What Makes Us Happy: A Guide to Your Reading, Listening, and Watching Weekend

This week Bob Dylan announced he was releasing a new book, photographer Bryan Tarnowski captured the magic of a Mardi Gras race and Oscar Isaac turned 43.

Here’s what NPR’s Pop Culture Happy Hour team was paying attention to — and what you should check out this weekend.

BTS: Permission to Dance Tour

South Korean boy band BTS has three concerts in Seoul this week, and they will be streamed live and shown in venues for people who can’t attend in person. I also got tickets to see them on tour next month, so that’s four different gigs I’m going enjoy. —Laura Sirikul

Ouma, released on March 18

UMMA, a horror movie starring Sandra Oh, comes out next Friday. It follows Oh as a woman named Amanda, who lives on a rural bee farm with her daughter. All is well until the remains of Amanda’s mother arrive from Korea. The film seems to adopt ideas of potentially authoritarian mothers and intergenerational trauma. I’m really excited about this movie, and I’ve watched the trailer a bunch of times now. —Kat Chow

All songs considered

All songs considered — a show I’ve been on off and on for over 15 years now — has taken steps to expand beyond what they’ve been doing for years, and I’m thrilled about it. They just launched a Best of the Month podcast hosted by our pal, Lars Gotrich, and have put together a Turning the Tables miniseries of panel discussions. They just sparked a conversation between two dear friends on the show, Ann Powers and Marissa Lorusso, talking about their shared love for Kate Bush and Yoko Ono.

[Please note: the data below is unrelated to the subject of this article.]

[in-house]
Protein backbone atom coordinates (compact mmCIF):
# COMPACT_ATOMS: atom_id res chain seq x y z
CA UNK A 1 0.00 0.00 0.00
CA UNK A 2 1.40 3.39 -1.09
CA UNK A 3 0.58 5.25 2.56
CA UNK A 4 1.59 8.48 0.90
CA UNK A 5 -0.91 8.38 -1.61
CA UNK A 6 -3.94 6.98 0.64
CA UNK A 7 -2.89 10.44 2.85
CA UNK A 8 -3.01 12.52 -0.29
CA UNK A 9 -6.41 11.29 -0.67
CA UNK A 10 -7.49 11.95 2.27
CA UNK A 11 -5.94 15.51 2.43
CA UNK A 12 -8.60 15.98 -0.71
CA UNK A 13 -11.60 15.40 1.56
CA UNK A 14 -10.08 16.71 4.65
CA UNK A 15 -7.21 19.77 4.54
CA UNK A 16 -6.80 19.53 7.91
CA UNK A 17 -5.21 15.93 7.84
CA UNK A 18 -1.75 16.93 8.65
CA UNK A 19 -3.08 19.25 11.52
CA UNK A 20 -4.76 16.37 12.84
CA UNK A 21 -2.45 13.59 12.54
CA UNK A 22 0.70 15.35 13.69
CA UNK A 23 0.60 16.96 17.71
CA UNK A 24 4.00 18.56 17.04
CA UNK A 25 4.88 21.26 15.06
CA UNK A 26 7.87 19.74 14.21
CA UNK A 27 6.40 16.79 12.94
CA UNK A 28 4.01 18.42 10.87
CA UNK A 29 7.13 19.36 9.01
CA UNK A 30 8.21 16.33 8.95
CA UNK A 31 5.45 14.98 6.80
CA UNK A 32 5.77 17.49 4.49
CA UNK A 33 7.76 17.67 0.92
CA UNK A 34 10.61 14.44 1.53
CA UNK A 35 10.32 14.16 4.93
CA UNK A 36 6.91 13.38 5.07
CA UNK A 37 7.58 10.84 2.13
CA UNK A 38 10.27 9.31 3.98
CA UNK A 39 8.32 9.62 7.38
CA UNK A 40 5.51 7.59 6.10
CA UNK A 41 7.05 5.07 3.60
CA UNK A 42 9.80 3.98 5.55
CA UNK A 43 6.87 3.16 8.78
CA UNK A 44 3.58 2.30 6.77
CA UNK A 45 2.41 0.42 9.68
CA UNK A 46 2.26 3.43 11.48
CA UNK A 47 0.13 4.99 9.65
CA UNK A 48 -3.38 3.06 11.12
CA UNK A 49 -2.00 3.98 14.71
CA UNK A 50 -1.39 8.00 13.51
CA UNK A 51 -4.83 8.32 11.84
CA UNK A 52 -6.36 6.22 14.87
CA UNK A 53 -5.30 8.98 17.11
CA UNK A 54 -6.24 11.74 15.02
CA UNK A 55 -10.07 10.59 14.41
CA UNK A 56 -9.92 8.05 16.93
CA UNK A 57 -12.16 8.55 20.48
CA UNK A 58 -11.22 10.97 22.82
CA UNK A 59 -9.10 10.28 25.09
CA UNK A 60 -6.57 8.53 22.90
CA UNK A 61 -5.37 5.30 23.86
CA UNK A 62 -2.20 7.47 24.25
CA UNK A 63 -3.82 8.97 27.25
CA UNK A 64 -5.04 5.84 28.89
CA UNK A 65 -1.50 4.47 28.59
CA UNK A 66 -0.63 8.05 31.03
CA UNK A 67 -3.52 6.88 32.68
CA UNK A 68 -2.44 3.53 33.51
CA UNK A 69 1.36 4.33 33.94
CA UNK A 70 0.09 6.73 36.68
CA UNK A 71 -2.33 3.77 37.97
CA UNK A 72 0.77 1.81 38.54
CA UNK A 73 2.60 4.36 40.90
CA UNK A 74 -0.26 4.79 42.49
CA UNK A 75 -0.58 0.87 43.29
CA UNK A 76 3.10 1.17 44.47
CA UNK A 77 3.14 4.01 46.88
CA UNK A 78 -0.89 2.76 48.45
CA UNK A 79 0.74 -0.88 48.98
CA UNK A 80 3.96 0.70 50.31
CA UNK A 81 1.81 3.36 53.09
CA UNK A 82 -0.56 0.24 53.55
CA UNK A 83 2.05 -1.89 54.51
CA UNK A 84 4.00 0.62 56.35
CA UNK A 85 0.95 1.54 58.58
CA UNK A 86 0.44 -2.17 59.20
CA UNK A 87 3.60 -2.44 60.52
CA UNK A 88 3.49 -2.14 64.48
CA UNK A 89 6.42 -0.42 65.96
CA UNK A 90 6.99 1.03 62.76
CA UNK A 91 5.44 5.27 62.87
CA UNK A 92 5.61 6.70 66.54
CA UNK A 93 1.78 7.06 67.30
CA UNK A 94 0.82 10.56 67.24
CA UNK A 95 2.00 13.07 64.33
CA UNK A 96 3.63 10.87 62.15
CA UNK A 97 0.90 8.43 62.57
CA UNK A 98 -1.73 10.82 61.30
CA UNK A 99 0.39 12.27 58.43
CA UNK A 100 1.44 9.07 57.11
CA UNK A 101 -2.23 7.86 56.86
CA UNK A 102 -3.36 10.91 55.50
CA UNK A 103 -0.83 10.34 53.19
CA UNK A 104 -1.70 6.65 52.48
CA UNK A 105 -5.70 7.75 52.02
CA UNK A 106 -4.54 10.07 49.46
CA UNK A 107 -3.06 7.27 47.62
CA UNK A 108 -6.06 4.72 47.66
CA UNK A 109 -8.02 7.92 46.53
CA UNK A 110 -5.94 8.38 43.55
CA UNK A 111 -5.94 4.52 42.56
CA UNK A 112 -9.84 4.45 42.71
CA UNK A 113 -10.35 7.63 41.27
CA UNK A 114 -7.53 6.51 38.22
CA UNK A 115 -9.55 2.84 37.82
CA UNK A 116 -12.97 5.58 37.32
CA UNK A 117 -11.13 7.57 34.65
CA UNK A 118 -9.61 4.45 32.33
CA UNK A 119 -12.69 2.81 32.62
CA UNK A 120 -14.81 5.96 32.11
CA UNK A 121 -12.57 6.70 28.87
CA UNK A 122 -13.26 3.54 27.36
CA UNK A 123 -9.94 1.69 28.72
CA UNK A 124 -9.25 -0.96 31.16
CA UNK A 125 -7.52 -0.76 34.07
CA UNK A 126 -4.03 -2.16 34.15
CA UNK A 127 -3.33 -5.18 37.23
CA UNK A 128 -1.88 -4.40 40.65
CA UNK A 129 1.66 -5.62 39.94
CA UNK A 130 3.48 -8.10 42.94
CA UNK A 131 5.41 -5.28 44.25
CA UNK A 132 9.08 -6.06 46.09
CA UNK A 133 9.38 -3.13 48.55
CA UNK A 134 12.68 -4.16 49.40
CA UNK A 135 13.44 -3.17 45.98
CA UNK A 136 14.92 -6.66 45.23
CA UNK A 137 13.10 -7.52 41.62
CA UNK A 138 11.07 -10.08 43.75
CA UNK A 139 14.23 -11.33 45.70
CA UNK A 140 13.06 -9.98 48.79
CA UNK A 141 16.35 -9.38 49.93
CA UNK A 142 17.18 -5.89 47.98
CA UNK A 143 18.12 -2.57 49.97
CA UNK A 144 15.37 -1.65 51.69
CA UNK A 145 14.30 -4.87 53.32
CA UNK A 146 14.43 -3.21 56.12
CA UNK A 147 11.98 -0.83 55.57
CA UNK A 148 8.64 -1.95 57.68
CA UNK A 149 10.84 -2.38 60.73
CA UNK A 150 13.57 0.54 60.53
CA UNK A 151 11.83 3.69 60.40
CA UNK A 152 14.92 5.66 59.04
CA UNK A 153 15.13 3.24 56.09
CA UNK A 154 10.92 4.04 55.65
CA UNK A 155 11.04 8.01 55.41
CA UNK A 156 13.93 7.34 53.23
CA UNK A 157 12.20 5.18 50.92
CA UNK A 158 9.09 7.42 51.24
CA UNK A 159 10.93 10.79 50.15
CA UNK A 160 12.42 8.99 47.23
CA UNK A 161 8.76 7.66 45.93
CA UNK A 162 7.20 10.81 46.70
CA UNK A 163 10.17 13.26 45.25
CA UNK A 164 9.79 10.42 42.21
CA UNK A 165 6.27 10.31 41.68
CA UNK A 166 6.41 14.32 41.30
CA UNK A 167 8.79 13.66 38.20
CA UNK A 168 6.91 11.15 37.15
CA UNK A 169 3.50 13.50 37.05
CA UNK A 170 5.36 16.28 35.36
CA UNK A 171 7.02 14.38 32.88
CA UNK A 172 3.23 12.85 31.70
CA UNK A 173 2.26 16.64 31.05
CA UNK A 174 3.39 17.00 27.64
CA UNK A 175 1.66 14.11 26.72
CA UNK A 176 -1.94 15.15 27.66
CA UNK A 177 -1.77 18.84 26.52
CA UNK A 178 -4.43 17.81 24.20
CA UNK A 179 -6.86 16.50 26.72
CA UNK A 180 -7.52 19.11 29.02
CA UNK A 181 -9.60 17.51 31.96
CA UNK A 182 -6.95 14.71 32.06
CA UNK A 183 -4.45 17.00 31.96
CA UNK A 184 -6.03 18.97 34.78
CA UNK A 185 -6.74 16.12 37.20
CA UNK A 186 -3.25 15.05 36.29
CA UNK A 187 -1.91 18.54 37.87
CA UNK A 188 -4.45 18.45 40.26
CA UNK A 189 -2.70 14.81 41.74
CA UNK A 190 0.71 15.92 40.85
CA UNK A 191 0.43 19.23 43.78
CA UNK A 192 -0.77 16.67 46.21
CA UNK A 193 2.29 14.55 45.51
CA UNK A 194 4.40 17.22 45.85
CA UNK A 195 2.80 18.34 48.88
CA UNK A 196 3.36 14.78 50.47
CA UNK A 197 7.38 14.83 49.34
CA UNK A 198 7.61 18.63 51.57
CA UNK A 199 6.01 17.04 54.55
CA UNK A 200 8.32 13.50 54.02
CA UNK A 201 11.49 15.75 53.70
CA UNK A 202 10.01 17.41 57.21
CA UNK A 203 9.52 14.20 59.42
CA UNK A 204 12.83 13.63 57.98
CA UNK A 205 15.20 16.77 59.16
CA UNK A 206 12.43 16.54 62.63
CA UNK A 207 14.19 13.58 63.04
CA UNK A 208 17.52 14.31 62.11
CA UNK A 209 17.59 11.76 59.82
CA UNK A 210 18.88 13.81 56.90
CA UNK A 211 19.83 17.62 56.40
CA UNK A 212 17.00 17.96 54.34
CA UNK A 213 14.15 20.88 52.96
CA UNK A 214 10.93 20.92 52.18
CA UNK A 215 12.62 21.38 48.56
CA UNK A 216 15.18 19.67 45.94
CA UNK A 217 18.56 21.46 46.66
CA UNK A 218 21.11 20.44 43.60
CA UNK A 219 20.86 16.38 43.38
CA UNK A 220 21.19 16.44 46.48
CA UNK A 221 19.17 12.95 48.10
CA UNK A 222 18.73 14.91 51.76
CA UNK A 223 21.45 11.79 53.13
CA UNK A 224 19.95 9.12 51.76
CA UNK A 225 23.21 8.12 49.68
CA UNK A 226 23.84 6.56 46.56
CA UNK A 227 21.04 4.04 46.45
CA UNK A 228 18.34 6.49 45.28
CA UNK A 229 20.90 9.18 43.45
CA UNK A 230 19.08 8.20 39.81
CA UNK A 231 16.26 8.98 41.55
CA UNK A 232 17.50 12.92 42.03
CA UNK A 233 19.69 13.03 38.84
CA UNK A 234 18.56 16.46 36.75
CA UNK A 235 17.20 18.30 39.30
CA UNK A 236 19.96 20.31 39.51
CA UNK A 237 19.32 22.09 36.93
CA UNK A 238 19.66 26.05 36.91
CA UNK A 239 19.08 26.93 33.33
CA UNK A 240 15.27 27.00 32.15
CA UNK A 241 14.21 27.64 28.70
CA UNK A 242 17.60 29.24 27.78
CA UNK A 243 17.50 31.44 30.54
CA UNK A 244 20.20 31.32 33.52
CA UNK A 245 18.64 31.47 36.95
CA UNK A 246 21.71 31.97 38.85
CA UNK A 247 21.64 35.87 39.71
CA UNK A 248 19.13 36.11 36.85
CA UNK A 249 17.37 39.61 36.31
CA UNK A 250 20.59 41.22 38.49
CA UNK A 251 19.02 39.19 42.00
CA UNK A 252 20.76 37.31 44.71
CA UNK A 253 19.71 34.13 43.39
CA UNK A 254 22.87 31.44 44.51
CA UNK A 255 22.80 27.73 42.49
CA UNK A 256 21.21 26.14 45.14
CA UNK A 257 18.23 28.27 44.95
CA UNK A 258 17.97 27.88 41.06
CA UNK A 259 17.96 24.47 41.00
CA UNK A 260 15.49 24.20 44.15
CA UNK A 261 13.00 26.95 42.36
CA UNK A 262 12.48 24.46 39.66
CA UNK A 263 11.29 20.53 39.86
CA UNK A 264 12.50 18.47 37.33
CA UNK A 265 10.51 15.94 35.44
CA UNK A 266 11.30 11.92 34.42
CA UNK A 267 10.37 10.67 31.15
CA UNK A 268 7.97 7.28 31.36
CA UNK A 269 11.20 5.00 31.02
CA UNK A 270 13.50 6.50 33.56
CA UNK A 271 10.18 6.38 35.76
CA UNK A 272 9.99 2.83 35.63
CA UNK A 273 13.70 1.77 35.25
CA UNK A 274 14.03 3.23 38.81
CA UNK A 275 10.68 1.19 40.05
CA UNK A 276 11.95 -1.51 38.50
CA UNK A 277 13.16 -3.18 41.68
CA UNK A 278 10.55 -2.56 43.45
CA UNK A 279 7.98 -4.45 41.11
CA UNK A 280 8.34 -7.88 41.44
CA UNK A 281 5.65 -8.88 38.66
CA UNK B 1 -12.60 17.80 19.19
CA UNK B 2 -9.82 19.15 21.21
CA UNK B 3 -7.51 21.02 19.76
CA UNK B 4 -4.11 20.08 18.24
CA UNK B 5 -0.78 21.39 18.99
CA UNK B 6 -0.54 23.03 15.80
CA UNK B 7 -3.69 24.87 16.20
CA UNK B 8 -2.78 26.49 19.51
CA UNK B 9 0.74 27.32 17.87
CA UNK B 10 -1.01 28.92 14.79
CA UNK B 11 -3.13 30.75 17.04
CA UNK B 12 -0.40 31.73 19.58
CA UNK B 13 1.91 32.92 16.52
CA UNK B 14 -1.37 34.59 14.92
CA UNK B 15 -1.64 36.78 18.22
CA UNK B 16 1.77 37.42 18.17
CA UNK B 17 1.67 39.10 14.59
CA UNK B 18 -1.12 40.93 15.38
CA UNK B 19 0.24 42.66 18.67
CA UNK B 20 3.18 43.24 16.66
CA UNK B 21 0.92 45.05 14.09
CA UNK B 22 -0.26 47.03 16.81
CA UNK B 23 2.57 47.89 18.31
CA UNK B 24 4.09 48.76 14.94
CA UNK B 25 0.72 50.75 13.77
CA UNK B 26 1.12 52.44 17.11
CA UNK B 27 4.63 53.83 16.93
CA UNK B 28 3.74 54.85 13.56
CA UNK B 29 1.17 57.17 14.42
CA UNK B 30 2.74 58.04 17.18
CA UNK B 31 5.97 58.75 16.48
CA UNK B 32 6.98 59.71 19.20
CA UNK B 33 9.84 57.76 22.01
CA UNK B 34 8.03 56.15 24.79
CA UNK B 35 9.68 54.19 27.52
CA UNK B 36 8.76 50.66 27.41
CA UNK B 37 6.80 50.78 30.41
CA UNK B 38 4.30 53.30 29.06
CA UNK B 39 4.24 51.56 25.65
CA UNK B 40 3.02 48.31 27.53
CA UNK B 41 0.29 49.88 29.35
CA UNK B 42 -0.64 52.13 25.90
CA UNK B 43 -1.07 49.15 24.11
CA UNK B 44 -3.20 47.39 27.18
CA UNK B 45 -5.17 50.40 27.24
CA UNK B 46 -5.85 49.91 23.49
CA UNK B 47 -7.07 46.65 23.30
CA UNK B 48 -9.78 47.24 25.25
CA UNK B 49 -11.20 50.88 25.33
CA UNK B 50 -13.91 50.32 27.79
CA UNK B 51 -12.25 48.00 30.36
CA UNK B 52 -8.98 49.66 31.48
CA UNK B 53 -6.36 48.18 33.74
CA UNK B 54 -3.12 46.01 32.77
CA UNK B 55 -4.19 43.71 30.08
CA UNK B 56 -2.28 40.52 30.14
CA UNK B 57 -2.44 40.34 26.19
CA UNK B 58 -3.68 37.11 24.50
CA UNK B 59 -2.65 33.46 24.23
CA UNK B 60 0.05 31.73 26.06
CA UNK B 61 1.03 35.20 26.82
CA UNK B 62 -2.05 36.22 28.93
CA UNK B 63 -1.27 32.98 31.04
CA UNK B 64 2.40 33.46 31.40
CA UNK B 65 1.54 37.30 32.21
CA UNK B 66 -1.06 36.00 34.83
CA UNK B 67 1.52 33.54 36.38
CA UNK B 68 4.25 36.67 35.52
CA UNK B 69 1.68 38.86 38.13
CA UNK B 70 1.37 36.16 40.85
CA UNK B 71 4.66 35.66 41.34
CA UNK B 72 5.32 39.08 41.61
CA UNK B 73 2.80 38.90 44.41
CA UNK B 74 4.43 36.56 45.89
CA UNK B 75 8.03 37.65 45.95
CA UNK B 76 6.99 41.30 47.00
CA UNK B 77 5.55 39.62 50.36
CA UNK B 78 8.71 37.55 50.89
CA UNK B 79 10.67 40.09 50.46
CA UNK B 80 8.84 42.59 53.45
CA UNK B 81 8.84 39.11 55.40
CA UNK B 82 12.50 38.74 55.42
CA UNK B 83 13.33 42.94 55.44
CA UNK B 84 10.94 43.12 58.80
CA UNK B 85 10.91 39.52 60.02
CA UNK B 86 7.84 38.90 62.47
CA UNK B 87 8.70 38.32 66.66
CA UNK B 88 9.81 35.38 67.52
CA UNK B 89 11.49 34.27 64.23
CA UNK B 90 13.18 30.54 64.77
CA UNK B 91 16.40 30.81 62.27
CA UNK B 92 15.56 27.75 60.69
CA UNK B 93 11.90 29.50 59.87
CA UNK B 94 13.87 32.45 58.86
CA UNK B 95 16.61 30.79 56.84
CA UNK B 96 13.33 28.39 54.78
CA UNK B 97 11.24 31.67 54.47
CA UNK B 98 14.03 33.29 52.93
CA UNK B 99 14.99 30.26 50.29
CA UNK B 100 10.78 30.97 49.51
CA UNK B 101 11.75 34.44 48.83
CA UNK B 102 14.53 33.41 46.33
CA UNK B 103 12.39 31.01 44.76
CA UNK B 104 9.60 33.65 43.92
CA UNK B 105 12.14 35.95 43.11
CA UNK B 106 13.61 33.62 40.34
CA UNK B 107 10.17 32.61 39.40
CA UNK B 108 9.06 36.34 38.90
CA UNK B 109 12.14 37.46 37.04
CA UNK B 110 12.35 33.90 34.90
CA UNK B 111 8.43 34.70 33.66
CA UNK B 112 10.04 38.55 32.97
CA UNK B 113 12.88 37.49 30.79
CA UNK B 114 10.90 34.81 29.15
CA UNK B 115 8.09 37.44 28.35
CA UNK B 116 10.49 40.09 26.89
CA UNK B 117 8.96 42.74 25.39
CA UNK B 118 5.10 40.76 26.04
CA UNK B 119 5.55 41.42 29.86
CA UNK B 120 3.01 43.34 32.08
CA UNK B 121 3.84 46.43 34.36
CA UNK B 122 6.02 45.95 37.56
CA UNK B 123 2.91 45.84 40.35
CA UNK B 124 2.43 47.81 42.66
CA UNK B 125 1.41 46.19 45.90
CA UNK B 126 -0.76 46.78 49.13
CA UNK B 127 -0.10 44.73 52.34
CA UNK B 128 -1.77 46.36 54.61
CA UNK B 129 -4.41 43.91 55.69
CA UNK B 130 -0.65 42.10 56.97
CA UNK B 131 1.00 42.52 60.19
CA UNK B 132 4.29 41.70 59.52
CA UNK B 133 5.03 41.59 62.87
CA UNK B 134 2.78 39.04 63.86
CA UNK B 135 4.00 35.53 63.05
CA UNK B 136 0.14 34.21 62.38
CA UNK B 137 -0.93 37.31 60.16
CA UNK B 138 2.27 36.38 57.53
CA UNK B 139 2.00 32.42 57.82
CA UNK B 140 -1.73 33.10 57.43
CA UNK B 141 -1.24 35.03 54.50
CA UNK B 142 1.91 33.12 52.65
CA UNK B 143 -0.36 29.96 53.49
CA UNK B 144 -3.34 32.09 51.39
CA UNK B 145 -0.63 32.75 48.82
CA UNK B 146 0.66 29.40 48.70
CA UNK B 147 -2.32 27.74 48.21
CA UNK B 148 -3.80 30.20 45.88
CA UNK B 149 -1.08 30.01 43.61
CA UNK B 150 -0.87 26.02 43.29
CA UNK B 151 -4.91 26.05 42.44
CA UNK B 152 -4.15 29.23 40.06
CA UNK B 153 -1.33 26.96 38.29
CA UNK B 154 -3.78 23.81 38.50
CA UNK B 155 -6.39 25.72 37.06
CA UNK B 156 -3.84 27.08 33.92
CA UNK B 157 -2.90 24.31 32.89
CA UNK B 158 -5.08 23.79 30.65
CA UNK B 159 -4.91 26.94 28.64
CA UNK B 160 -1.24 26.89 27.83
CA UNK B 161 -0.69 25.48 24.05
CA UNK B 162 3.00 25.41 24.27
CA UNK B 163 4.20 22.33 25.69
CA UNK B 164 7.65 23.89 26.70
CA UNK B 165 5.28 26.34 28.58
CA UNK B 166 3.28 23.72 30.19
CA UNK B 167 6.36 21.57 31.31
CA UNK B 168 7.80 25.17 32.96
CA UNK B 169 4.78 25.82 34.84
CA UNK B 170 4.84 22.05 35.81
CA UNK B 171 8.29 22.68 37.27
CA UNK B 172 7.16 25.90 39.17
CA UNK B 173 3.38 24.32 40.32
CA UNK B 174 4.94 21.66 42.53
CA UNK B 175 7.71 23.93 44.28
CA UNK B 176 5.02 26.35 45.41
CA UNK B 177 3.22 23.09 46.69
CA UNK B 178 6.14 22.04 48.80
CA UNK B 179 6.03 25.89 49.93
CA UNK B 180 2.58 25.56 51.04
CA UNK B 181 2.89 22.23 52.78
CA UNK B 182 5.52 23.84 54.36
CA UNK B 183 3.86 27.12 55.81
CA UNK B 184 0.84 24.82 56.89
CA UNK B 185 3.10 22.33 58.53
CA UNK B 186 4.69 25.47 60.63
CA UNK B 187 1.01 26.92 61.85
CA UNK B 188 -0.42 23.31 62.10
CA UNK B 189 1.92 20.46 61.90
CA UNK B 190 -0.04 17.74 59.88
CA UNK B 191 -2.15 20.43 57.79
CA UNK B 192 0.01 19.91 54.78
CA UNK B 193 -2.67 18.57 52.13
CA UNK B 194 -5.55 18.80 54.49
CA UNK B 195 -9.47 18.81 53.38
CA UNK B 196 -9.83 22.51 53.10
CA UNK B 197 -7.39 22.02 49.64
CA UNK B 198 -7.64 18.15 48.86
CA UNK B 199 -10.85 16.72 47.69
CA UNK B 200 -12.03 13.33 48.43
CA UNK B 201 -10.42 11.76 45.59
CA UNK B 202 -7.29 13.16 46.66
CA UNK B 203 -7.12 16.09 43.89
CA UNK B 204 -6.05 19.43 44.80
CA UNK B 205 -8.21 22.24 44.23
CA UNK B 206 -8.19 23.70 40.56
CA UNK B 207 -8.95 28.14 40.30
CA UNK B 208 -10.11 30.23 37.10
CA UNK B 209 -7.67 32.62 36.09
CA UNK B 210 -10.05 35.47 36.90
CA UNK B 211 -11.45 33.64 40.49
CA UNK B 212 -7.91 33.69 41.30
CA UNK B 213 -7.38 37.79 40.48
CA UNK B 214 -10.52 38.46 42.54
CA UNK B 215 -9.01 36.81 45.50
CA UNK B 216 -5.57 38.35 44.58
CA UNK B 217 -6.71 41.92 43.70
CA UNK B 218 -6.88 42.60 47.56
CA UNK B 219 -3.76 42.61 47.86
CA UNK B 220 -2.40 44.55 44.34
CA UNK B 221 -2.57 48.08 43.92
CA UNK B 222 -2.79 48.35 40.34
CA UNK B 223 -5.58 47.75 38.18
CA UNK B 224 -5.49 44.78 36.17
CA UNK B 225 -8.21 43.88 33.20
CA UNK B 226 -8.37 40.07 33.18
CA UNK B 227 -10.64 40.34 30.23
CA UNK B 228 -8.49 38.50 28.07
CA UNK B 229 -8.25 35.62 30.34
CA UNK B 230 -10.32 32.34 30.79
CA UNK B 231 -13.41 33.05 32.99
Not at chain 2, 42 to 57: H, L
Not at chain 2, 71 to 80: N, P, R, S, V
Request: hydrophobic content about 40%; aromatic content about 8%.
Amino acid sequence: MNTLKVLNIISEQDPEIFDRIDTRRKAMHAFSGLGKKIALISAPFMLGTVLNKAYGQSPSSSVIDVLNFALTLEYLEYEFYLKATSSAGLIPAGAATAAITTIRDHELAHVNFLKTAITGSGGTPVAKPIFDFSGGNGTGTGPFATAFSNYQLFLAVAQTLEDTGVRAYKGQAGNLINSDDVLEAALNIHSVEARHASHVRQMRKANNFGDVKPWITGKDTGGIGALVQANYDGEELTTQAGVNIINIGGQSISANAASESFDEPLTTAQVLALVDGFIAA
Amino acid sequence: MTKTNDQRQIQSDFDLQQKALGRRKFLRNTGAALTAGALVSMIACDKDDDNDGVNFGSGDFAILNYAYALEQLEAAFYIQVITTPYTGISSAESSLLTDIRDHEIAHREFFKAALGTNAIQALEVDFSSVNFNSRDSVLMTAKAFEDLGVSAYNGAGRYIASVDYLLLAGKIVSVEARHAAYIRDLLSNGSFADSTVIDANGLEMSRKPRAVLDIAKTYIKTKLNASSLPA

I’ve just been really, really thrilled to see one of the oldest podcasts continue to grow after all these years, and find new ways to cover an even wider range of music and showcase the many gifted vocals from NPR Music. . —Stephen Thompson

“Is it funny for Jews?” by Jason Zinoman

It would be weird to say I’m happy because it’s a serious subject, but Jason Zinoman wrote an article a few weeks ago titled “Is It Funny for the Jews?” The New York Timesand it is a fascinating essay.

He struggles with this idea of ​​being Jewish and dealing with things like anti-Semitism, the Holocaust, and prejudice through comedy — and what it means to brush those things aside or take them lightly. And he reviews this brief cultural history of different Jewish comedians like Jerry Seinfeld or Jackie Mason and what it means to be Jewish in this time of rising anti-Semitism. It really got me thinking, and it’s worth checking out if you haven’t already. —Aisha Harris

The Last Days of Ptolemy Gray on Apple TV+

AppleTV+ The Last Days of Ptolemy Gray has an excellent cast – Samuel L. Jackson, Dominique Fishback, Walton Goggins – and an excellent writing pedigree, in that it comes from Walter Mosley adapting his own novel. It’s a bit confusing at first, as part of the premise is the central character’s failing memory and cognition, but it’s worth sticking with to see if it’s for you. Two episodes are released on Friday and more will air weekly. —Linda Holmes

Dead Eyes, the podcast

On my list for this weekend: the podcast dead eyes, which … well, see what it’s all about. It involves Hollywood and Tom Hanks and broken hearts, and I haven’t listened to it yet but the recommendations just piled in, so let’s all go together, huh? —Linda Holmes


NPR intern Fi O’Reilly adapted this Pop Culture Happy Hour segment into a digital page. If you like these suggestions, consider subscribe to our newsletter for recommendations on what makes us happy each week.

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